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Telescopes and space missions

Telescopes and space missions

Solar wind sheds light on early solar system

27 Jun 2011 Hamish Johnston
Genesis catching the solar wind

In 2004 NASA’s Genesis space mission made an unplanned crash landing, damaging its precious cargo of solar-wind particles. Now, after years of painstaking work, two independent groups of scientists have managed to measure the relative abundances of nitrogen and oxygen isotopes in the solar wind. Their studies reveal that the isotopic compositions on Earth are very different from the Sun. The result could prove important to understanding the conditions in the early solar system, when the Earth was forming.

While scientists know a great deal about the isotopic abundance of elements on the Earth, Moon and meteorites, very little is known about the Sun. Fortunately, the Sun spews out a steady stream of ions called the solar wind, which can be captured by spacecraft. Although mostly hydrogen, the wind does contain small amounts of heavier elements and their isotopic composition is believed to be similar to the material from which the solar system formed.

Focusing the wind

Genesis collected the particles over about two years using a solar-wind concentrator, which uses electric fields to accelerate the oxygen and nitrogen ions and focus them on a number of ultra-pure silicon-carbide targets. Despite boosting the number of ions hitting the targets by a factor of 20, the concentrations of the isotopes in the targets was still very small when the mission returned to Earth and would therefore require careful analysis.

But tragedy struck in 2004 when the mission’s sample-return capsule failed to deploy its parachute as it fell towards Earth. The capsule overheated and smashed into the ground, breaking open and shattering much of its contents, including many of the solar-wind targets.

What remained of the targets was contaminated by a range of materials (including a mysterious oily film) and scientists embarked on a painstaking process to clean the samples. This cleaning was difficult because the oxygen and nitrogen ions reside about 100 nm below the surface of the targets and could easily be scrubbed away.

Scanning the surface

Now, the silicon carbide targets have been cleaned sufficiently to have their oxygen and nitrogen contents analysed. One study has been undertaken by Kevin McKeegan and colleagues at the University of California, Los Angeles and other universities in the US, UK and Japan. They used an instrument specially designed for Genesis called MegaSIMS, which is a secondary ion mass spectrometer coupled to an accelerator mass spectrometer. An important feature of the instrument is that it can analyse tiny regions of the sample about 2 µm across in order to find regions of the surface that are not contaminated.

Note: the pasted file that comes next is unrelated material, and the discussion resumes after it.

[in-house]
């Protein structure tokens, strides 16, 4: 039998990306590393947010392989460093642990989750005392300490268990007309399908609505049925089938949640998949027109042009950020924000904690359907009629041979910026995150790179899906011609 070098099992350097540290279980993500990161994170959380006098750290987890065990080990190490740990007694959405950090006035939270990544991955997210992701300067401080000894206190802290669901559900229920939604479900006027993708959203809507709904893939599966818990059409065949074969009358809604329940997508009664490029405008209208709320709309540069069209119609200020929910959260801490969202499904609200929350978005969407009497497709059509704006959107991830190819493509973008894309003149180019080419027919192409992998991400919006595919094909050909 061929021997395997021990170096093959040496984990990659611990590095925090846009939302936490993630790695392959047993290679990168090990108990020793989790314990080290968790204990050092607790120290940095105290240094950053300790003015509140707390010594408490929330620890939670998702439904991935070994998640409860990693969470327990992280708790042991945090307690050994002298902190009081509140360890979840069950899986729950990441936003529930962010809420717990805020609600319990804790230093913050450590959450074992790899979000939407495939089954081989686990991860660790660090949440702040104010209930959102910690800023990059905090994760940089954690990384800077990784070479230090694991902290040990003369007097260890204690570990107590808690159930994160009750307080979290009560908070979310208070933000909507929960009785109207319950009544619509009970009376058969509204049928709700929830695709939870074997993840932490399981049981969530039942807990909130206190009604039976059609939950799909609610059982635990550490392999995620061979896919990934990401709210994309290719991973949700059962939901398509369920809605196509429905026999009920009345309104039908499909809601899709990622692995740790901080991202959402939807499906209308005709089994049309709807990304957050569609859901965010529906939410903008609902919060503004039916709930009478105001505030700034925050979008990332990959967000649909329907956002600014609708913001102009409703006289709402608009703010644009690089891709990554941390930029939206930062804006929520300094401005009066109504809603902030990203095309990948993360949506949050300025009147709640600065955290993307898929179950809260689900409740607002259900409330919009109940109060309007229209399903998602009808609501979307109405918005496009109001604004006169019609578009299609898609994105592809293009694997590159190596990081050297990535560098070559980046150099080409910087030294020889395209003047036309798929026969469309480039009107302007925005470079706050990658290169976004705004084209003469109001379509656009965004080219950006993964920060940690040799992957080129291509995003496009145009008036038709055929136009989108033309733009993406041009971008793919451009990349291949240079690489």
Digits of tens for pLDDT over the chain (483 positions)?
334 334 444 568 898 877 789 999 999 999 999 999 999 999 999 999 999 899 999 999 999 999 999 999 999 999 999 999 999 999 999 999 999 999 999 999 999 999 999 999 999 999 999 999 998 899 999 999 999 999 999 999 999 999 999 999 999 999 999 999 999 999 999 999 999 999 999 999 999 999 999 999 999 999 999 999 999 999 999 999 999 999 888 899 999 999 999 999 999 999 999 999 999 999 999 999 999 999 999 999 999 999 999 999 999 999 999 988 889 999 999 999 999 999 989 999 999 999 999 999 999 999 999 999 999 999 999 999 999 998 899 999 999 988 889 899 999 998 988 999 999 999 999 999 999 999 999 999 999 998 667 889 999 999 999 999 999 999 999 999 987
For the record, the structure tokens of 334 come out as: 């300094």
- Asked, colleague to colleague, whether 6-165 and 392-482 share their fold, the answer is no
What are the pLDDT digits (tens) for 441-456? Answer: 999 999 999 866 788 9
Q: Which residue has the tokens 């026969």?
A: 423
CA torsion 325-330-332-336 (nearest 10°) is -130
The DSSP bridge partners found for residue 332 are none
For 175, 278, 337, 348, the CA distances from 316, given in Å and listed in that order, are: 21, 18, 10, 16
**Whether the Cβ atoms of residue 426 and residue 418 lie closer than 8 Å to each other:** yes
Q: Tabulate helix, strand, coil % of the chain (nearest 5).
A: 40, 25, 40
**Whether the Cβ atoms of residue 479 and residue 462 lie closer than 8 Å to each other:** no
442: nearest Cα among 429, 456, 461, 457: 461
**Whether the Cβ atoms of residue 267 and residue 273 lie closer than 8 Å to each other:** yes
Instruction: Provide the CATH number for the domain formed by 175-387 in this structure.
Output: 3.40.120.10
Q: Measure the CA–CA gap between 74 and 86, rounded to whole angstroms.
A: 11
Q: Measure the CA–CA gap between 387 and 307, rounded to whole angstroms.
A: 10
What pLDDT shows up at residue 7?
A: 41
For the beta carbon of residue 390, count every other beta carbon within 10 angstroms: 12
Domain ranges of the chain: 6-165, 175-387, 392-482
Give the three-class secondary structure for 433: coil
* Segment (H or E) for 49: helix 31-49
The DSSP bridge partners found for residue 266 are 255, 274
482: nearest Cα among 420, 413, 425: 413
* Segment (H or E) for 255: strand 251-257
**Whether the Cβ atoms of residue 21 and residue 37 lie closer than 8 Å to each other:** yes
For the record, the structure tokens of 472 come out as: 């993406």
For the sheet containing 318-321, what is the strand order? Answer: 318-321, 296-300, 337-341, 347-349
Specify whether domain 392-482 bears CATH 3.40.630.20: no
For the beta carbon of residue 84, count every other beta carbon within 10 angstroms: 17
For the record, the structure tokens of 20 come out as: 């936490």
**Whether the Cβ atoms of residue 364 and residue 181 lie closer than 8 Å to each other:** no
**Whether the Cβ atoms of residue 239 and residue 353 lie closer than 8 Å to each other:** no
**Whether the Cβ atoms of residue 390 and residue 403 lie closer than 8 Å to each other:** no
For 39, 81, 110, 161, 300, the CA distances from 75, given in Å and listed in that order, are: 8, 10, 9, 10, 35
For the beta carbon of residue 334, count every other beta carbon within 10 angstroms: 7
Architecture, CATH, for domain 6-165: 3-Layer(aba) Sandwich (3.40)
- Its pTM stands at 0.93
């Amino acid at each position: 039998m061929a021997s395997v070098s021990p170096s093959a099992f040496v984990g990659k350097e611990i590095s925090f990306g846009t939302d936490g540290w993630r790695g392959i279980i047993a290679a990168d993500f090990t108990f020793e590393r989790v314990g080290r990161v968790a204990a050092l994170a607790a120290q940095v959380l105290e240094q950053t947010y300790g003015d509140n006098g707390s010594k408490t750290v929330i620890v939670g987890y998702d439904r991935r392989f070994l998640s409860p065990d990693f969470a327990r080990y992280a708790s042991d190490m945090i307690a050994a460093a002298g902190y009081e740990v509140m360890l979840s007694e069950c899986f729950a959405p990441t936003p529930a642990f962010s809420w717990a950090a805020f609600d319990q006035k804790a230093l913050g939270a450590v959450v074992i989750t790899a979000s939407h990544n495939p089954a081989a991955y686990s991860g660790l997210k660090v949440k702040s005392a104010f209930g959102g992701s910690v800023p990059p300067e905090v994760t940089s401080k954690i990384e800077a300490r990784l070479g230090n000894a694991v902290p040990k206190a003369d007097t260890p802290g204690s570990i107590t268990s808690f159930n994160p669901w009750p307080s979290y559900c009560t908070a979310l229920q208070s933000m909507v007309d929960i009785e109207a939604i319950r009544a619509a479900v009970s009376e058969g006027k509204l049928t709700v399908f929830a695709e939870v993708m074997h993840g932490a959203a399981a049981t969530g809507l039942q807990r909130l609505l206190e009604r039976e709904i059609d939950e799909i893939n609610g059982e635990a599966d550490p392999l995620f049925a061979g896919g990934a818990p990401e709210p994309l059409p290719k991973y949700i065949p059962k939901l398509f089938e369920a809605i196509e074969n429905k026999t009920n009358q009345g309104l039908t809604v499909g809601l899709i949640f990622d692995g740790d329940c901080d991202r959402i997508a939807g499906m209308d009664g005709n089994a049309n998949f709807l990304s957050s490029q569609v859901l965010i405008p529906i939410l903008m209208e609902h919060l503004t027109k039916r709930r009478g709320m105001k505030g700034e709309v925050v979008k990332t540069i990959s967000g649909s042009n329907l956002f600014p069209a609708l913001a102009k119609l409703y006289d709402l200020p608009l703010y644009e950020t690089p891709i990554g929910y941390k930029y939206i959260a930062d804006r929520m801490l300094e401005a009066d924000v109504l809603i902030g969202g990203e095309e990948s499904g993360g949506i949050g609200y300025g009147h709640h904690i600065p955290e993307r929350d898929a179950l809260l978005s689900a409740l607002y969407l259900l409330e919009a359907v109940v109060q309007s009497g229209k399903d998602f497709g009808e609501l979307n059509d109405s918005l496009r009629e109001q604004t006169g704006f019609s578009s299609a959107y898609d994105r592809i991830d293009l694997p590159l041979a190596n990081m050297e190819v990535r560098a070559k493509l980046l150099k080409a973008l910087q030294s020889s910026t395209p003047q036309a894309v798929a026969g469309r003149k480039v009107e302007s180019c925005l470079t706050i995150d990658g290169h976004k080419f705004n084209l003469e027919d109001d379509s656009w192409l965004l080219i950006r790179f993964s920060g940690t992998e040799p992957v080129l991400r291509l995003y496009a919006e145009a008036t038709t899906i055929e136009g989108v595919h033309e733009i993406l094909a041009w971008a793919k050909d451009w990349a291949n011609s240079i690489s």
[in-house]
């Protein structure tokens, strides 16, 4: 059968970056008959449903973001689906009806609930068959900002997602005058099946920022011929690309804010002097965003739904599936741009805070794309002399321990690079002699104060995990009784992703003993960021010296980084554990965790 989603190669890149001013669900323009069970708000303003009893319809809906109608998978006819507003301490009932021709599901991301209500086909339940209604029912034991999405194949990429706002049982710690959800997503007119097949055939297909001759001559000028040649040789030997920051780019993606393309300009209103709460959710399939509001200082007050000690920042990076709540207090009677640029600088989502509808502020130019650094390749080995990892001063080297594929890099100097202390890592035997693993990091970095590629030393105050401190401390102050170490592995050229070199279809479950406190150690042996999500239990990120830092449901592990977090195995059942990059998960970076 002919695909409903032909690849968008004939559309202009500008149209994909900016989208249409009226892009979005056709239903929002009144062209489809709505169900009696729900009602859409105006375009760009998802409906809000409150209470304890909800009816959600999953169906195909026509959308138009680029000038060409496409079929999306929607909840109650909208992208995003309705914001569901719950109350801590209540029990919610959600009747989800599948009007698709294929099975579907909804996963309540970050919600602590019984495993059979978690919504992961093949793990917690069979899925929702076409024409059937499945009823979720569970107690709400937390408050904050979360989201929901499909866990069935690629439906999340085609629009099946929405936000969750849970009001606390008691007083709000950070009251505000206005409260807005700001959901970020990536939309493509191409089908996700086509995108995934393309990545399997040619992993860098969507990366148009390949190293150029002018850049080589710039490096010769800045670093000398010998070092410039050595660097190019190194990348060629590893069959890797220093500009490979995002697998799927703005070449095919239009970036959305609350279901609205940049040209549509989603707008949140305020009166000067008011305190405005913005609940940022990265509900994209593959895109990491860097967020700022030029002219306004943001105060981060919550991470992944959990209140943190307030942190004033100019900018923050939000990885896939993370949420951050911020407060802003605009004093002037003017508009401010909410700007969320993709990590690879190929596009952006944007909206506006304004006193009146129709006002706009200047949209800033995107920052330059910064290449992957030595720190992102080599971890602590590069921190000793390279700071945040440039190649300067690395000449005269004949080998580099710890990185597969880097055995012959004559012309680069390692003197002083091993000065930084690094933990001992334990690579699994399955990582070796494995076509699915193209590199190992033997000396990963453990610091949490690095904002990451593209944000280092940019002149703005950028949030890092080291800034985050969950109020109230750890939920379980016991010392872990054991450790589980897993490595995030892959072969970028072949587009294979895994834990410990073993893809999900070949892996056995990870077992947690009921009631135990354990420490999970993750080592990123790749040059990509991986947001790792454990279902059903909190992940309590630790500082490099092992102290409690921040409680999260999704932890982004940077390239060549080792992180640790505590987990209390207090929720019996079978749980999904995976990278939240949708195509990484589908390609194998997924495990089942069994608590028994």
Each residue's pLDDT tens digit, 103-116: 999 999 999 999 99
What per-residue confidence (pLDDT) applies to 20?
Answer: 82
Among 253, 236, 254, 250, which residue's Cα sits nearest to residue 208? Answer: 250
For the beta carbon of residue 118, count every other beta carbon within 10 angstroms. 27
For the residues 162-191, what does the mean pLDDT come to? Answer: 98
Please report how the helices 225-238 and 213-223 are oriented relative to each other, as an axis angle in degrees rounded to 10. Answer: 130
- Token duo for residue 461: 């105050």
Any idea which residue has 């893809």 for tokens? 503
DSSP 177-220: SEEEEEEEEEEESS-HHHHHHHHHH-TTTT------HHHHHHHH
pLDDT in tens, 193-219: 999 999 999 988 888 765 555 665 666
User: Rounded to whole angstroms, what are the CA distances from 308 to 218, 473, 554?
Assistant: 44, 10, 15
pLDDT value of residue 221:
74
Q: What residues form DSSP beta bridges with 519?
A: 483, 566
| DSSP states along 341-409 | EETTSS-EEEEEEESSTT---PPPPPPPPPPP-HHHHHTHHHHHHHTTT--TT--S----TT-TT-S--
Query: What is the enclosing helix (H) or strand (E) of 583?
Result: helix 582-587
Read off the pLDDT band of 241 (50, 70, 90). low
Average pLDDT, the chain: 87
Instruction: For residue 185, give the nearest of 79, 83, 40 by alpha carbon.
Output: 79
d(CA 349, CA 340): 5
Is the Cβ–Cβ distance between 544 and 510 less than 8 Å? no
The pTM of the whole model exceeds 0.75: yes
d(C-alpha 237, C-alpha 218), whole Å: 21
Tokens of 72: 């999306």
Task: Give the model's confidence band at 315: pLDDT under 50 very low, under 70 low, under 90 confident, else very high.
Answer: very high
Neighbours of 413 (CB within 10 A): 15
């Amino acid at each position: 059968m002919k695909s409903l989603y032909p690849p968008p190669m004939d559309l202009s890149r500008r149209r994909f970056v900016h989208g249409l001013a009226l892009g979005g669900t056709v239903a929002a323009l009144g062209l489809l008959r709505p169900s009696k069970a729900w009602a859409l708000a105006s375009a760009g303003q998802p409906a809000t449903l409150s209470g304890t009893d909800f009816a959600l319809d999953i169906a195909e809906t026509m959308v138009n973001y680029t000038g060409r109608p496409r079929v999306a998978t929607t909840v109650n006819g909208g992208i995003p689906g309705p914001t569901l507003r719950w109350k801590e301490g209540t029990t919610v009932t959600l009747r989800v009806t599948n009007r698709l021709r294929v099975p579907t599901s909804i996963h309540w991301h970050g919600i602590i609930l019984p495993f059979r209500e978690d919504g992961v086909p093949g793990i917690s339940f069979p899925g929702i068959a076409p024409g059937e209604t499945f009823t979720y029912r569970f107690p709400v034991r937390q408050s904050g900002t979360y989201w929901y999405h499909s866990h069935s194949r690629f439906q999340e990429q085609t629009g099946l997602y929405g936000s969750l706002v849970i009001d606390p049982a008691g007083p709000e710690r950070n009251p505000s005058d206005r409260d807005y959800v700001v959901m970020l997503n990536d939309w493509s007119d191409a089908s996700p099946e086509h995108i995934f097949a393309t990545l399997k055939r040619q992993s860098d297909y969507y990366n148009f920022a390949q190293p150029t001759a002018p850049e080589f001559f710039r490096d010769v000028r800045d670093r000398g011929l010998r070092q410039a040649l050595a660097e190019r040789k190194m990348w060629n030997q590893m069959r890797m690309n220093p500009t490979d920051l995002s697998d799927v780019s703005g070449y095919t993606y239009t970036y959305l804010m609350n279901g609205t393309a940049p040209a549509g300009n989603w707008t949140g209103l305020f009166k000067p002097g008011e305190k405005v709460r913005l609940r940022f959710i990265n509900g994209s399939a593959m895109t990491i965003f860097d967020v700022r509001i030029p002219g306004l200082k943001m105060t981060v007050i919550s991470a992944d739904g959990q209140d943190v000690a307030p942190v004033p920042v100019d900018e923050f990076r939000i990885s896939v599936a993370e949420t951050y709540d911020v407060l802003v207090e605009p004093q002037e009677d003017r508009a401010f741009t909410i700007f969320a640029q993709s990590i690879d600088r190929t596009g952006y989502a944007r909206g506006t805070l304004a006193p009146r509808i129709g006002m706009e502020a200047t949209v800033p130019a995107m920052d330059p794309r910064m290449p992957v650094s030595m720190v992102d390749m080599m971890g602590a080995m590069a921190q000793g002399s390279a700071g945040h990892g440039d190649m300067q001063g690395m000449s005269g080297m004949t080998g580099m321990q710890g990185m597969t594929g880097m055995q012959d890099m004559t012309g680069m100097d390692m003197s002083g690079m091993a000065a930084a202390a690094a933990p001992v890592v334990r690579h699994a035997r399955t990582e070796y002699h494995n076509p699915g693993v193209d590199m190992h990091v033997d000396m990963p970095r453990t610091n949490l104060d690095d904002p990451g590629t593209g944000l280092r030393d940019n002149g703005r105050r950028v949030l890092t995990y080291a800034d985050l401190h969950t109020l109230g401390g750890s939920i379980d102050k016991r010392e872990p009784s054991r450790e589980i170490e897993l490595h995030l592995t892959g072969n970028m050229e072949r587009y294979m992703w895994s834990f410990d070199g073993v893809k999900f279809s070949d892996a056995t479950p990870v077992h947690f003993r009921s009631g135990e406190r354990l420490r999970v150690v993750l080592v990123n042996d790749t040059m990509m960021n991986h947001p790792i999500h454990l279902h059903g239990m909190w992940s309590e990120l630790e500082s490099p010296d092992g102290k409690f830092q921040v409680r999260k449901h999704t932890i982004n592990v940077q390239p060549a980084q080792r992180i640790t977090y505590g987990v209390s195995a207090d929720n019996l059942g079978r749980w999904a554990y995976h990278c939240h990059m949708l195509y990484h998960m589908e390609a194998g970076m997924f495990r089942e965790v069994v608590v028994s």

The team measured the abundances of oxygen-17, oxygen-18 and oxygen-16 in the samples. They found that the ratios of oxygen-17 to oxygen-18 are the same in the Sun and on Earth. However, they found that oxygen-16 is about 7% more abundant in the Sun than on Earth.

“We found that the Earth, the Moon, as well as Martian and other meteorites which are samples of asteroids, have a lower concentration of O-16 than the Sun,” said McKeegan. “The implication is that we did not form out of the same solar nebula materials that created the sun – just how and why remains to be discovered,” he added.

Cleaned with ions

Meanwhile, Bernard Marty and colleagues at the University of Nancy, France and several US institutions used a secondary ion mass spectrometer to measure the ratio of nitrogen-15 to nitrogen-14 in the solar wind. A target from Genesis was placed in the instrument and its surface was first cleaned using a low-energy beam of ions. Then the isotope concentration was measured as a function of depth in several regions about 10 µm in diameter.

The concentrations of the nitrogen isotopes peaked at about 80 nm into the target, which the team says is consistent with how Genesis captured the solar wind. The researchers found that the ratio of nitrogen-15 to nitrogen-14 is about 40% smaller in the solar wind than it is in Earth’s atmosphere.

Robert Clayton of the University of Chicago, who was not involved in either study, believes that the oxygen and nitrogen differences could be a result of the interaction of sunlight and the cloud of gas molecules present in the early solar system. This process is called photolysis and results in carbon monoxide and molecular nitrogen separating into their constituent atoms.

Opaque gas cloud

The precise wavelength of light required to break down a molecule depends on its isotopic composition, explains Clayton. It turns out that the light needed to break down carbon monoxide molecules made from oxygen-16 does not travel very far through a gas cloud. This means that the interior of the cloud will contain enhanced concentrations of atomic oxygen-17 and oxygen-18. These liberated atoms take part in the chemical reactions that led to the formation of mineral dust that eventually became Earth and the inner planets. A similar process would also enhance the amount of nitrogen-15 in the dust, according to Clayton.

Clayton points out that the relative abundance of the nitrogen isotopes on Jupiter is similar to that of the solar wind, suggesting that isotope separation by photolysis only occurred in the inner solar system.

The research is described in two papers in Science.

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